With the announcement of a police operation that resulted in six arrests and the seizure of 1.06 million US dollars, Saudi Arabia has scored another victory in the battle against money laundering.
The Arab kingdom's public prosecutor's office made the results public on Monday morning, 12 September, along with a message of commitment to the fight against money laundering, which is often used by international terrorist networks. The dismantled gang, made up of one Saudi national and five other people of Arab origin, adds to the list of organisations dismantled by the Saudi judiciary in recent months, according to a statement published by the local media Al-arab.
The Saudi judiciary, which handed down its verdict on Monday, sentenced a Saudi national to 10 years in prison and a ban on leaving the country for a further 10 years. The other convicted persons of unspecified Arab nationalities were sentenced to 25 years' imprisonment and deportation upon completion of their sentences.
قررت الأنظمة المعنية حماية رفيعة للاقتصاد الوطني وسلامة أمنه، بحظر الجناية على الأصول أو الموارد الاقتصادية أو الممتلكات أيًّا كانت قيمتها أو نوعها؛ ومن ذلك ما نص عليه نظام مكافحة غسل الأموال من عقوبات مشددة في هذا الشأن.#النيابة_العامة pic.twitter.com/NaTZA67zHa— النيابة العامة (@bip_ksa) September 11, 2022
Already in February 2022, the Saudi judiciary sentenced a group of 11 individuals to 52 years in prison on similar grounds, albeit with a much higher seizure amount than this September: USD 2.67 million.
The Cooperation Council for the Arab States of the Persian Gulf, and Saudi Arabia through it, is a member of the FATF (Financial Action Task Force), an international body set up in 1989 by the G8 to develop standards and promote measures among states to combat money laundering and the financing of terrorist organisations.
In its 2018 assessment, the FATF reached some conclusions about the state of the fight against money laundering in the Saudi kingdom. Despite having a relatively small financial system and tightly controlled access to the economy, the overall situation would be one of "mixed risk" mainly due to terrorist groups, both inside and outside the country, as well as conflicts in the region. According to the FATF's findings, citing IMF sources, the gross domestic product generated by illegal activities in Saudi Arabia ranges from 12 to 32 billion US dollars. According to the FATF analysis, the main activities that generate this capital are illicit drug trafficking, corruption, counterfeiting and product piracy. Estimates indicate that 70-80% of illicit profits flow out of the country.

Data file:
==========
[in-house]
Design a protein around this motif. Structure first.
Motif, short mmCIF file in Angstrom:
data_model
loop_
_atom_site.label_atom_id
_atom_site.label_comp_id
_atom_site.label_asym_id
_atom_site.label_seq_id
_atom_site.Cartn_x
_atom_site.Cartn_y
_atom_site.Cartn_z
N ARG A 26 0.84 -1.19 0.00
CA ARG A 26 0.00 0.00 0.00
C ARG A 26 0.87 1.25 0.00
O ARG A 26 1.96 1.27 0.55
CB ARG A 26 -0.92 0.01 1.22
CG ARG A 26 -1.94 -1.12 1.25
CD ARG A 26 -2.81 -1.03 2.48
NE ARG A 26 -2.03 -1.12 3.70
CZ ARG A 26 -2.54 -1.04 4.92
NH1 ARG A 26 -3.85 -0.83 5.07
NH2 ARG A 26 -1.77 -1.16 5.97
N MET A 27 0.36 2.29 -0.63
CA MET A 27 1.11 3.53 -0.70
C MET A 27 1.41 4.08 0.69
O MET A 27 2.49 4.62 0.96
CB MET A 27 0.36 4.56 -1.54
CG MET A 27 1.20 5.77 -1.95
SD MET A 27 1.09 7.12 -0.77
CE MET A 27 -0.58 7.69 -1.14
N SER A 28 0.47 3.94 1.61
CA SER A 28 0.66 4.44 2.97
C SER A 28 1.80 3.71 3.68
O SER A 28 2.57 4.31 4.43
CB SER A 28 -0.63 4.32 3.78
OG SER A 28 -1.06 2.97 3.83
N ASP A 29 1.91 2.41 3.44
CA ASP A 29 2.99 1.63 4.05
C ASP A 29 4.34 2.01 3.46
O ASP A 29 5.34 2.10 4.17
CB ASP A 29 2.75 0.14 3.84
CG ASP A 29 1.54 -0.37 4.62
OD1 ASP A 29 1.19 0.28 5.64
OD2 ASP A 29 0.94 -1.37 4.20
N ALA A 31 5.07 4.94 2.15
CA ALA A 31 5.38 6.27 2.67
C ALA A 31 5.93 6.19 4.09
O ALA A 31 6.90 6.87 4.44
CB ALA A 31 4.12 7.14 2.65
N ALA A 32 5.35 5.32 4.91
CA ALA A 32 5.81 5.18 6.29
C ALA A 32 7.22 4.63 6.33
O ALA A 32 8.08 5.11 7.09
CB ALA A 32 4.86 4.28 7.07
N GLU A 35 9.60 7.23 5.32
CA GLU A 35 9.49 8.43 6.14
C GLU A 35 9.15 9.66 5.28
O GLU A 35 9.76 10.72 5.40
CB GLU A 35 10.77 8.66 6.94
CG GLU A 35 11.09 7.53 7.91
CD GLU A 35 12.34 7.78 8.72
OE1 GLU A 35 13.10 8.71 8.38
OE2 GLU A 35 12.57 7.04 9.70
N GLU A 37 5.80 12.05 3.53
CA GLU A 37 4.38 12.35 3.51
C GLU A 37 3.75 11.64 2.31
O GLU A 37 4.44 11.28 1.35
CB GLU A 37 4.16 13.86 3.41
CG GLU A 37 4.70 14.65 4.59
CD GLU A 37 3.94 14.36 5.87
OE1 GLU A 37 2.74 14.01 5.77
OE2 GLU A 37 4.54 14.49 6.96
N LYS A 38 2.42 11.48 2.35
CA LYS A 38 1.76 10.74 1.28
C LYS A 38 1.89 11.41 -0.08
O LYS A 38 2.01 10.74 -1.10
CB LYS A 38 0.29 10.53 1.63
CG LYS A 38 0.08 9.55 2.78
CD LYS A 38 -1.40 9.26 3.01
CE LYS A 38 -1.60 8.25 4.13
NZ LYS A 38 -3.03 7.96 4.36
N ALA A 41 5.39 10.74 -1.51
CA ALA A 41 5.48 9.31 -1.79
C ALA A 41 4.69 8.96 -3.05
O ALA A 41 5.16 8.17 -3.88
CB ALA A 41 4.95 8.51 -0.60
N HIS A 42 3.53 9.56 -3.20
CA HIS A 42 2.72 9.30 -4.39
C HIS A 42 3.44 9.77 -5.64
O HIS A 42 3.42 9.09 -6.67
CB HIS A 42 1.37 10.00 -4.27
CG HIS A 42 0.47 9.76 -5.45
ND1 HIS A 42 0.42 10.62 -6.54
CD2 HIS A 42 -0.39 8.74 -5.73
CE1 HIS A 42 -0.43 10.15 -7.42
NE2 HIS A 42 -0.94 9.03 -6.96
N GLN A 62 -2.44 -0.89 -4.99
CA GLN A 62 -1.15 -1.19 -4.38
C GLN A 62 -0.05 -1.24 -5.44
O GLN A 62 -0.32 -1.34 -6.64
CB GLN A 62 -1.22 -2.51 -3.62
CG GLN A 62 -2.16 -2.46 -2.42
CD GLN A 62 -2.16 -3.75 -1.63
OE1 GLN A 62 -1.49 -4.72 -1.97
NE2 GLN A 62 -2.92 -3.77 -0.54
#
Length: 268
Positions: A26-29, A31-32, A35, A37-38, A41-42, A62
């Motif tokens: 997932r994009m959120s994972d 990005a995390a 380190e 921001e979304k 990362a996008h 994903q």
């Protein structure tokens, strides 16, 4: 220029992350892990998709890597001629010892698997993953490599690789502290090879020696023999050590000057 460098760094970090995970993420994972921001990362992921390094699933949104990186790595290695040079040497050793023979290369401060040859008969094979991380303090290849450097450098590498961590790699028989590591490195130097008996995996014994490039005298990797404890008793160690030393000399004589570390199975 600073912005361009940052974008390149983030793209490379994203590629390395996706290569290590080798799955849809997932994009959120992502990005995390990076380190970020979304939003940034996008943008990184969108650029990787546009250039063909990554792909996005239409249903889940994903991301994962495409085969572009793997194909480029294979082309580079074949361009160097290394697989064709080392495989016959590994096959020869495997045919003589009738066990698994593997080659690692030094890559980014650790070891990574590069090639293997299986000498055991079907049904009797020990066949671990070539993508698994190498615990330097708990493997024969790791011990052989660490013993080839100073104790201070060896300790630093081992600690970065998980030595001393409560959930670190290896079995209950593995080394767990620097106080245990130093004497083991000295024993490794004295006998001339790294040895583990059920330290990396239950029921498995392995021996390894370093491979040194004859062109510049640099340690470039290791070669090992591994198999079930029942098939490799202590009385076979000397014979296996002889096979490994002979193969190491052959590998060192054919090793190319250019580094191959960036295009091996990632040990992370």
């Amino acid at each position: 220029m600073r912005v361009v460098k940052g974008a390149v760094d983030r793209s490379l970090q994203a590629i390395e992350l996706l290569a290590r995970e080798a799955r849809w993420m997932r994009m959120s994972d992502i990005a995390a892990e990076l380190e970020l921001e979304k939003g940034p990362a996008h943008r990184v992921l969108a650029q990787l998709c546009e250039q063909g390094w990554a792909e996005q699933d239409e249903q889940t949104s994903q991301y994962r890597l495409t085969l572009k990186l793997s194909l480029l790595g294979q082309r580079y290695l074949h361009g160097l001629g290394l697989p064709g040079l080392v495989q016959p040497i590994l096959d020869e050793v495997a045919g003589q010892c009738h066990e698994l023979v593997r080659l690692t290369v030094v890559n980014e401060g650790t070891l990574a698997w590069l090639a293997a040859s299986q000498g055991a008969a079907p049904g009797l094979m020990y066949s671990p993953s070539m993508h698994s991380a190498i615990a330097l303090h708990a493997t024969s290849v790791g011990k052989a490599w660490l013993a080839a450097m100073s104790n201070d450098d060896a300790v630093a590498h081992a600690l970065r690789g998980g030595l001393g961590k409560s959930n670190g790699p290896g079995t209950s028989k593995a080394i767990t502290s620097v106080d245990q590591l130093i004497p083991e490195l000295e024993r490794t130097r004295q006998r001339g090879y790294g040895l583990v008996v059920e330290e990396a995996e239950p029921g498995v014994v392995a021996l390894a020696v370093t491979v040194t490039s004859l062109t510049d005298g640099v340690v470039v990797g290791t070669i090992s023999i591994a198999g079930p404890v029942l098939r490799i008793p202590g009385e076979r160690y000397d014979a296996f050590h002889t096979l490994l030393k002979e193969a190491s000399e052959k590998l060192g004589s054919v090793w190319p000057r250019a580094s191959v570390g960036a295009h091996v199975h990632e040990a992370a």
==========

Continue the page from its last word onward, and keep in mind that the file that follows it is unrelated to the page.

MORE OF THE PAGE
Saudi Arabia reshaped its working patterns and laws to tackle money laundering starting in 2010, when it introduced the main tools to tackle the problem into its legal arsenal. In 2017, Saudi Arabia passed extensive revisions to its Anti-Money Laundering Law (AMLL) and the Law on Crimes and Financing of Terrorism (LTCF). The legal reforms were accompanied by a number of government reshuffles, as well as the definition of a new strategy to tackle money laundering. The FATF assessed all these changes positively in its 2018 report. The changes are in line with the recommendations proposed by the international body and "successfully address almost all of the shortcomings that were previously present".
According to the FATF, Saudi Arabia's best progress in this area is reflected in the fight against terrorist financing. According to the 2018 report, the country's authorities have demonstrated a proactive response to the terrorist threat within the country thanks to sufficient expertise and willingness to do so. It details, however, that there is room for improvement in the measures and thus the results of these efforts. Saudi Arabia's priority is defined as within the kingdom and in its immediate neighbourhood, leaving many avenues of funding that negatively affect other regions unaddressed.
FATF analysts note the lack of efforts to pursue terrorist financing by individuals or organisations that are not dependent on or otherwise involved in the commission of terrorist activities. "These include cases of terrorist financing in relation to funds raised in Saudi Arabia to support individuals affiliated with terrorist entities outside the kingdom, in particular outside the Middle East region, which remains a risk," the 2018 report notes.
Saudi Arabia's improvements in complying with the FATF standards can be seen through the Technical compliance with re-ratings table updated in 2019 from that of 2018, with a very positive assessment that of the three PC (partially compliant) points, only 1 remains in 2019.